Mahira Khan opens up about bipolar disorder diagnosis and clinical depression
She talked about the backlash she faced following the 2016 Uri attacks and how the situation took a toll on her mental health and eventually led to her diagnosis of bipolar disorder.
Mahira Khan (Photo by Joe Maher/Getty Images)
Well-known Pakistani actress Mahira Khan, who has also starred alongside superstar Shah Rukh Khan in the 2017 Bollywood film Raees, has opened up about the backlash she faced following the 2016 Uri attacks and how the situation took a toll on her mental health and eventually led to her diagnosis of bipolar disorder.
In an appearance on the FWhy podcast, a tearful Mahira spoke about the backlash that she experienced after Raees, saying, “That year was rough. The same year Raees released was the same year Verna released, and the same year the whole picture thing happened, and it broke me. It was unexpected. I’d finished the film. It was going just fine. Then suddenly this attack happens, and politically, everything gets political. It’s always political. With India, it’s always political. But the fact that it would get this messy…”
She also spoke about how she would receive threats and really negative tweets. “Constant tweets, constant. In fact, I would get calls and very scary ones. The only thing I wanted was, okay fine, I can’t go to India to promote it, I can’t enjoy this, but I hope it releases in my country. Because I knew that people would rush to the cinemas to watch it, he (Shah Rukh Khan) is really loved here. That was heartbreaking. It brought on an anxiety that I have always had inside me, the depression, it came to the surface.”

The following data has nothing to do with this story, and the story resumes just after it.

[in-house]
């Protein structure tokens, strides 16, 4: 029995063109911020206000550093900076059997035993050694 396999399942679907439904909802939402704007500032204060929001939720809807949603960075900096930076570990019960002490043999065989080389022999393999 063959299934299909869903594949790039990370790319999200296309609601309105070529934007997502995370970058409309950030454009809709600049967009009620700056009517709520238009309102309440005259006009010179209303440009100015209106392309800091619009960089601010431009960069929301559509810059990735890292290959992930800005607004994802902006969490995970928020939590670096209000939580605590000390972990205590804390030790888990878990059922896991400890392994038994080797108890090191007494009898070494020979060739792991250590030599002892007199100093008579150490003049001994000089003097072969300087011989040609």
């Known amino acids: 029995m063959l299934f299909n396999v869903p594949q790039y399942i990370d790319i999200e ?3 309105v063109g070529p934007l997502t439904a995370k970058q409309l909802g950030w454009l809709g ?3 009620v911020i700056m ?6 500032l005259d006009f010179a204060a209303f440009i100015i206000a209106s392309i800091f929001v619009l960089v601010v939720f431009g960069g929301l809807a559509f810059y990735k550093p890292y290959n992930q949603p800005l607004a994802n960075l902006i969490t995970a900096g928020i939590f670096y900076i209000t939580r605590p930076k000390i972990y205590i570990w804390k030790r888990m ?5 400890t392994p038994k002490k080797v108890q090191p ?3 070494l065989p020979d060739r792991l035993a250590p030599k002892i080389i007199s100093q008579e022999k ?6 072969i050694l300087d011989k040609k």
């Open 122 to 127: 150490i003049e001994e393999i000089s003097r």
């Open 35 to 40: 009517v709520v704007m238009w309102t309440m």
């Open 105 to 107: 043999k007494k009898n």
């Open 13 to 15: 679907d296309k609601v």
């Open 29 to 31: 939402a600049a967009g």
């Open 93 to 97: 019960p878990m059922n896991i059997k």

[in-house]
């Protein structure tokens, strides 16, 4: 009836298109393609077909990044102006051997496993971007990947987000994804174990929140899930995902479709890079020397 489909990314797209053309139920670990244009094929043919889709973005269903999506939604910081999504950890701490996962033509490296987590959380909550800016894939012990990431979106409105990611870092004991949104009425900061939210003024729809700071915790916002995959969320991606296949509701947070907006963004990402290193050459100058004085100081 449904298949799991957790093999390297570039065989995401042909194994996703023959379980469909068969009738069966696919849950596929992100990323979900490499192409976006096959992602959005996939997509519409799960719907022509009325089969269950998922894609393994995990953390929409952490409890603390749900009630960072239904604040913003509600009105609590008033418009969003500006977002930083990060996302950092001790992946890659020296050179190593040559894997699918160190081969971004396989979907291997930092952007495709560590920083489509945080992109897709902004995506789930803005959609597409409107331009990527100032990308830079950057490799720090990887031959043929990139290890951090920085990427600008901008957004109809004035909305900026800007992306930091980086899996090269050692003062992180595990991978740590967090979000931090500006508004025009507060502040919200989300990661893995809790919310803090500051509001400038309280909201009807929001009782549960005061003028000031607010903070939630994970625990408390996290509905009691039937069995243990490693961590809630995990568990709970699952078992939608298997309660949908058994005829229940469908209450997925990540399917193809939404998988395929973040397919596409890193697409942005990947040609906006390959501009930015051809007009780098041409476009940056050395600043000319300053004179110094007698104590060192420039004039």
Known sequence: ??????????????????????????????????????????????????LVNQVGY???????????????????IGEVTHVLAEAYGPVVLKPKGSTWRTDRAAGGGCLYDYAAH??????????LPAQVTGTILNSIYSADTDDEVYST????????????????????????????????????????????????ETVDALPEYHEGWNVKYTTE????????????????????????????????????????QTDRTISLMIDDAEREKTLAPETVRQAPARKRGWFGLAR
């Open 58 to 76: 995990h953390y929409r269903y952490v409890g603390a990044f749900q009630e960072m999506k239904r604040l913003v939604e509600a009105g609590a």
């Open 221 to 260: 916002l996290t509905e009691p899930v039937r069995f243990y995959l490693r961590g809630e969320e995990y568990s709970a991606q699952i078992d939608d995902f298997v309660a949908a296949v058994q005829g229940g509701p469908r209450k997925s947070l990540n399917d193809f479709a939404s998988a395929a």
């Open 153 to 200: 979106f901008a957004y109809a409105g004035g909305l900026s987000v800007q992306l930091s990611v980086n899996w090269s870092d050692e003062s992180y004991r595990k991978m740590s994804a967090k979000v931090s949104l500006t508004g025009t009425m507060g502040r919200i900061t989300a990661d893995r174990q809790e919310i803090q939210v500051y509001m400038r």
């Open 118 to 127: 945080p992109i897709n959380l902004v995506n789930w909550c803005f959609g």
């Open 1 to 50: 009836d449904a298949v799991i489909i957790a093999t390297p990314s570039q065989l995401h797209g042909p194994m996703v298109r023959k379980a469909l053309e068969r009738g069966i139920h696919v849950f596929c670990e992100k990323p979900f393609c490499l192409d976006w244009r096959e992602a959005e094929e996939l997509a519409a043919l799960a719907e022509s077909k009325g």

She further added, “I ended up in a psychiatrist’s office, and she said, ‘We’ll talk about everything later, but I need you to know that you have manic depression’. This is the first time I’m saying that, I don’t know if I should. It’s been six-seven years, and I’ve been on anti-depressants. I tried leaving them in the middle, and I went into a very, very dark space.”
Mahira also described how she felt when she was at her lowest after she decided to stop taking her medicines. “Last year, I was bad, I was in bed… I remember, very well that I couldn’t even get up from my bed to go to the bathroom. I was that bad, it was that dark. I remember praying, ‘I promise you Allah, if you show me even this much hope or light, I will take it and I will run with it.’ And when he did, and when I went back on my medicines, I woke up feeling like, ‘Oh my god, I feel like I can smile, feel lighter’.”